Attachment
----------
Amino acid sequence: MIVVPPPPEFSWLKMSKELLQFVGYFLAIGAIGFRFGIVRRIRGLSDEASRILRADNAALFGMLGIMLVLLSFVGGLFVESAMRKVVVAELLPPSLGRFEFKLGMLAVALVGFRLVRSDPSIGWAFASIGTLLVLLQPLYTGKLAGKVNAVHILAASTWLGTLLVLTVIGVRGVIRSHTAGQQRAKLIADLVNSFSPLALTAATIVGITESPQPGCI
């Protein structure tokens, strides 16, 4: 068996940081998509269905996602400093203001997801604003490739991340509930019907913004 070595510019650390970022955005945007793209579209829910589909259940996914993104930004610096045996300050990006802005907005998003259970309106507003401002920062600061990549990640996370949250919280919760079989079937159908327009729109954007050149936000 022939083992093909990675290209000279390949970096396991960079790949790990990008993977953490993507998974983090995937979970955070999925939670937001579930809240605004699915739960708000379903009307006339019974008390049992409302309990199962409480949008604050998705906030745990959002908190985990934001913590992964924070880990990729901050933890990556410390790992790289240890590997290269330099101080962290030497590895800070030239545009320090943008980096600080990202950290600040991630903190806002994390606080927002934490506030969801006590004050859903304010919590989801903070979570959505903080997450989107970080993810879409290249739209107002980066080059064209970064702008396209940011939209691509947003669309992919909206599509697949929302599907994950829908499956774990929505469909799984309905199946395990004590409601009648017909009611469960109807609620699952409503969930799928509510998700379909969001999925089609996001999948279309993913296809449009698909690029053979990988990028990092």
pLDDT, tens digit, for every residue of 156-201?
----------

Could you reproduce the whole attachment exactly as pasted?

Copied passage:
Amino acid sequence: MIVVPPPPEFSWLKMSKELLQFVGYFLAIGAIGFRFGIVRRIRGLSDEASRILRADNAALFGMLGIMLVLLSFVGGLFVESAMRKVVVAELLPPSLGRFEFKLGMLAVALVGFRLVRSDPSIGWAFASIGTLLVLLQPLYTGKLAGKVNAVHILAASTWLGTLLVLTVIGVRGVIRSHTAGQQRAKLIADLVNSFSPLALTAATIVGITESPQPGCI
């Protein structure tokens, strides 16, 4: 068996940081998509269905996602400093203001997801604003490739991340509930019907913004 070595510019650390970022955005945007793209579209829910589909259940996914993104930004610096045996300050990006802005907005998003259970309106507003401002920062600061990549990640996370949250919280919760079989079937159908327009729109954007050149936000 022939083992093909990675290209000279390949970096396991960079790949790990990008993977953490993507998974983090995937979970955070999925939670937001579930809240605004699915739960708000379903009307006339019974008390049992409302309990199962409480949008604050998705906030745990959002908190985990934001913590992964924070880990990729901050933890990556410390790992790289240890590997290269330099101080962290030497590895800070030239545009320090943008980096600080990202950290600040991630903190806002994390606080927002934490506030969801006590004050859903304010919590989801903070979570959505903080997450989107970080993810879409290249739209107002980066080059064209970064702008396209940011939209691509947003669309992919909206599509697949929302599907994950829908499956774990929505469909799984309905199946395990004590409601009648017909009611469960109807609620699952409503969930799928509510998700379909969001999925089609996001999948279309993913296809449009698909690029053979990988990028990092």
pLDDT, tens digit, for every residue of 156-201?